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J. Mar. Sci. Eng. 2017, 5(1), 5; doi:10.3390/jmse5010005

Thermal Recirculation Modeling for Power Plants in an Estuarine Environment

Sargent & Lundy, 55 East Monroe, Chicago, IL 60603, USA
Academic Editor: José Fortes Lopes
Received: 27 October 2016 / Revised: 11 December 2016 / Accepted: 30 December 2016 / Published: 12 January 2017
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Abstract

Many power plants require large quantities of water for cooling purposes. The water taken from the source water body (e.g., lakes, estuaries, bays and rivers) circulates through the plant and returns to the source through outfall with a higher temperature. For optimal performance of the power plant, the intake inlet and discharge outlet should be meticulously placed so that the heated water will not recirculate back into the power plant. In this study, the Flow module of the Delft3D software is employed to simulate the temperature transport within the study area in three-dimensional and nested format. Model results are used to optimize the location of intake inlets, outfall outlets and diffuser port orientations. The physical processes used in the study are tidal fluctuations, winds, river discharges, salinity and temperature. The subject power plant (power plant parameters presented in this paper are realistic; however, they do not target any specific power plant within the study area) has a nominal capacity of 2600 MW and is planned to be located in Delaware Bay, USA. Existing field measurements are used to calibrate the model in a coupled two-staged fashion for main tidal constituents, currents and water temperature. The sensitivity of the model against various input parameters is tested, and conservative values are selected. The location of the intake is fixed, and the location of the outfall is changed until the thermal impact to the intake is less than 1 °C. Analysis of the results shows that there is a linear logarithmic relation between the excess temperatures at the intake inlet and horizontal eddy diffusivity. The k - ϵ turbulence closure results in higher excess temperature and a more conservative design. Extending the outfall location to the deeper portion of the estuary combined with port orientations reduces the impact by keeping the thermal plume away from the intake inlet and meeting the established criteria. It is concluded that an approximate distance of 1300 m is the optimal location for the power plant outfall outlets. In addition, the diffuser ports should not discharge the heated water toward the intake and have to be oriented away from the line connecting outfall to the intake. View Full-Text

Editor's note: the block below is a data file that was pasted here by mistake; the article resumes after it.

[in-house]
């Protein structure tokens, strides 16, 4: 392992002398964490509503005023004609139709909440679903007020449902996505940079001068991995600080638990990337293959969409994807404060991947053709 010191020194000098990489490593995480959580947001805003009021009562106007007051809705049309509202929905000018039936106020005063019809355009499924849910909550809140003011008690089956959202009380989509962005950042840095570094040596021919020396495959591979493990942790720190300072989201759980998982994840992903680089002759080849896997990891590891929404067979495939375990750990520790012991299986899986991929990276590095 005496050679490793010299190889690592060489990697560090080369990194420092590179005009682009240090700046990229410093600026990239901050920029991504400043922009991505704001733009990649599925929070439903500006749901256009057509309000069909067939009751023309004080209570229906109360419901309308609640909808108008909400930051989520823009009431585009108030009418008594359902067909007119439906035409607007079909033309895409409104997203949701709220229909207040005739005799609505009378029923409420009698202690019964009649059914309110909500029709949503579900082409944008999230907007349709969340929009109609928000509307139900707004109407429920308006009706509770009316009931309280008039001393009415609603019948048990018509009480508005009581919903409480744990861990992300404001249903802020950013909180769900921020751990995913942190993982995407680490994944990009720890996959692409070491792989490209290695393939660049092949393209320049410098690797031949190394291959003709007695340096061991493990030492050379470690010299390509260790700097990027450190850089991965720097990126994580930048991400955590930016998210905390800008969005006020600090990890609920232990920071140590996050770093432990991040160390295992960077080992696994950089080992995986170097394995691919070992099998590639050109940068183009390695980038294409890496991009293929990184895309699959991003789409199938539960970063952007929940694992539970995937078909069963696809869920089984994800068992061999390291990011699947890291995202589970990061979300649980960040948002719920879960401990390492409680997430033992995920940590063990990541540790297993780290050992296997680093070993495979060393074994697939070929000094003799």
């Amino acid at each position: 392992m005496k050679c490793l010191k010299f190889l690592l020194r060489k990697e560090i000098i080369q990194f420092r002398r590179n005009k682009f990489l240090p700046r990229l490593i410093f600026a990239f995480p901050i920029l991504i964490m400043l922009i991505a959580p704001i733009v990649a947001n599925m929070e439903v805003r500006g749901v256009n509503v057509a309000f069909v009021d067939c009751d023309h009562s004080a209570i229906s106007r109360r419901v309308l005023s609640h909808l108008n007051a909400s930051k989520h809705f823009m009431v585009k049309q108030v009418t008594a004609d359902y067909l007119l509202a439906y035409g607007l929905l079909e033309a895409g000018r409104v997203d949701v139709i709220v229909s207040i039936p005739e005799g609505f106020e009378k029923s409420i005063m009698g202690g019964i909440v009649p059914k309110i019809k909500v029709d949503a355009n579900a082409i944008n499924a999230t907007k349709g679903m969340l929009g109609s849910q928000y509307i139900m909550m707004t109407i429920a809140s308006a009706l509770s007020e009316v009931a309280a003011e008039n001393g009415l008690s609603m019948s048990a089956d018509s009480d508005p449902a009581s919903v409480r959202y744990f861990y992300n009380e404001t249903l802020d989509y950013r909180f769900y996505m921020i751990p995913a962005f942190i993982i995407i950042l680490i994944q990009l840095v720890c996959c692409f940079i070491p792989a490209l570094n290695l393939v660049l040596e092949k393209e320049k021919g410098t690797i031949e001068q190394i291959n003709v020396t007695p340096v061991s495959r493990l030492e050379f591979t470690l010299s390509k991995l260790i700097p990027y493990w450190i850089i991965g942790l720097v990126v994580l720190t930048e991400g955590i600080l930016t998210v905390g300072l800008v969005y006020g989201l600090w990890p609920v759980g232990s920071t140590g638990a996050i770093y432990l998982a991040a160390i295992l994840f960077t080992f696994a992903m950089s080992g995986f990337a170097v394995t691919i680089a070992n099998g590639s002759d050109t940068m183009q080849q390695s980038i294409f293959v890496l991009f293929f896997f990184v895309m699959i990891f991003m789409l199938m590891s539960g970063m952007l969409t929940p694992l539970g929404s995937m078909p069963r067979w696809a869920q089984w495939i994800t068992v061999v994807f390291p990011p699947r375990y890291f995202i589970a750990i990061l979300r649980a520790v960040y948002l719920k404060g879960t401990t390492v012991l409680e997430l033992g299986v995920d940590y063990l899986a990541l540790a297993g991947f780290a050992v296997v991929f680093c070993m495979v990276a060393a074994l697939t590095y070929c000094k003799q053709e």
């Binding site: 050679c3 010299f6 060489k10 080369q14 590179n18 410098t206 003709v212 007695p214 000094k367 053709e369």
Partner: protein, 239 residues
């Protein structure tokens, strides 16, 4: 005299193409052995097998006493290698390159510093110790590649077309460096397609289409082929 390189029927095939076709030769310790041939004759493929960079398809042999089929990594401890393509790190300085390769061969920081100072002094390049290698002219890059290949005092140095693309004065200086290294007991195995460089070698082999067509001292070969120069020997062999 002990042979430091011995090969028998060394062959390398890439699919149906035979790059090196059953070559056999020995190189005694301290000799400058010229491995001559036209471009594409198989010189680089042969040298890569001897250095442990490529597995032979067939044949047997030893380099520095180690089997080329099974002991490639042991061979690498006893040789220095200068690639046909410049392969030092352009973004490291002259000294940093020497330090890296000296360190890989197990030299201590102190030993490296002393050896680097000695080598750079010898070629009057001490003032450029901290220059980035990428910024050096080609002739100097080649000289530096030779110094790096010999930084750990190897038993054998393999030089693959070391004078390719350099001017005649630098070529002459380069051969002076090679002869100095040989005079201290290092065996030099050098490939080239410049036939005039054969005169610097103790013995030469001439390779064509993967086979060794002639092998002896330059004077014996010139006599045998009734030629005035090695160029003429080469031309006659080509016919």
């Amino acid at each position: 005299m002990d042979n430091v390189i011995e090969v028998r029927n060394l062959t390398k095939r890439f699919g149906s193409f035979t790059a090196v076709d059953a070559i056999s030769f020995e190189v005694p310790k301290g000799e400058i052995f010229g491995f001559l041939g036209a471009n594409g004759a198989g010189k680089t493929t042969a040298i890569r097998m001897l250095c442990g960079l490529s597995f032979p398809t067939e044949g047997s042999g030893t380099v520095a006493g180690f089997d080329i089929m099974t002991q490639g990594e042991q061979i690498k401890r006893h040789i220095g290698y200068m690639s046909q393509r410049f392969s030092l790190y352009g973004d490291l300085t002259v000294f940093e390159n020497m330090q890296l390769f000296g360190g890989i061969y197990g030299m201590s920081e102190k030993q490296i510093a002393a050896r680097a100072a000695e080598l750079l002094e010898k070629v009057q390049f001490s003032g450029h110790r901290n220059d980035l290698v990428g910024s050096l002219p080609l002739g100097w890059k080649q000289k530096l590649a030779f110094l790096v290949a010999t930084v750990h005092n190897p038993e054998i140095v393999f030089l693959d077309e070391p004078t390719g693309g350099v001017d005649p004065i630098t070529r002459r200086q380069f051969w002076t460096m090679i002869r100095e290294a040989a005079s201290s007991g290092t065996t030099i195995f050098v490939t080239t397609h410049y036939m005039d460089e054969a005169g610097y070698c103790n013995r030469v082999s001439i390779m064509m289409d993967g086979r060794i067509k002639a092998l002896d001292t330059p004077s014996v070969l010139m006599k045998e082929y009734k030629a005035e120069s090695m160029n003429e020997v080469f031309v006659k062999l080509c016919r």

Keywords: coastal; hydrodynamic; estuary; tide; wind; thermal; Delft3D; plume; calibration; power plant; diffuser coastal; hydrodynamic; estuary; tide; wind; thermal; Delft3D; plume; calibration; power plant; diffuser
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This is an open access article distributed under the Creative Commons Attribution License which permits unrestricted use, distribution, and reproduction in any medium, provided the original work is properly cited. (CC BY 4.0).

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MDPI and ACS Style

Salehi, M. Thermal Recirculation Modeling for Power Plants in an Estuarine Environment. J. Mar. Sci. Eng. 2017, 5, 5.

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